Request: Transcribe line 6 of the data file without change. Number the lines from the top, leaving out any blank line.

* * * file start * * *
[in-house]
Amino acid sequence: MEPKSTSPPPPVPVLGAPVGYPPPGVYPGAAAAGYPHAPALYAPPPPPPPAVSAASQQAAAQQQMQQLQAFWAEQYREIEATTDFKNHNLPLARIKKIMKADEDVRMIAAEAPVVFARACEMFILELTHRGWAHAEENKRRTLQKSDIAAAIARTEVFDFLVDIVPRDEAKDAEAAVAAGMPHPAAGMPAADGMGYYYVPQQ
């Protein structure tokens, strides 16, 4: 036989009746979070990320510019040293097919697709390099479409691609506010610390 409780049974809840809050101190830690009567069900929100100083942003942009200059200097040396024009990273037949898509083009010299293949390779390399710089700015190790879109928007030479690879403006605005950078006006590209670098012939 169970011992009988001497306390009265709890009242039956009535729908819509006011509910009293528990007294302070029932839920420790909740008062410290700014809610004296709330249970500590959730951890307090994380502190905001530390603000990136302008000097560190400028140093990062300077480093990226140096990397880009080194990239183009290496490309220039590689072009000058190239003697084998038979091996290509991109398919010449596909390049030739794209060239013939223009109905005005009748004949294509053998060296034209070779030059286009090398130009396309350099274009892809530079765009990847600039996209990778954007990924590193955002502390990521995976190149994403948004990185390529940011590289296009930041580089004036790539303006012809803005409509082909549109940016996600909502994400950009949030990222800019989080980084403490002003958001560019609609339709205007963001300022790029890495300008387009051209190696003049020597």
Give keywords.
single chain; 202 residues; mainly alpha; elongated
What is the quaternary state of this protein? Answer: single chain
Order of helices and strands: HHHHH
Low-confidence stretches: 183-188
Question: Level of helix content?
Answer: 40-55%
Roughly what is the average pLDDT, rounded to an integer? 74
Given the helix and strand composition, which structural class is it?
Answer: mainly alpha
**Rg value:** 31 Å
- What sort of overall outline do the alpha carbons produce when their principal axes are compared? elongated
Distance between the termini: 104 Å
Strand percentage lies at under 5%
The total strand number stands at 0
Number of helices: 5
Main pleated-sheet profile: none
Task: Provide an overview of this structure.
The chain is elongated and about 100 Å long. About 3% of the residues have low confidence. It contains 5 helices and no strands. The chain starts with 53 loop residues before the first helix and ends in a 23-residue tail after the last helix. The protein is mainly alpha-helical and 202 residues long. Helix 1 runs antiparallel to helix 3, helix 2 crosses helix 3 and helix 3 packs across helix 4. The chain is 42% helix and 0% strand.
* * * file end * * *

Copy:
What is the quaternary state of this protein? Answer: single chain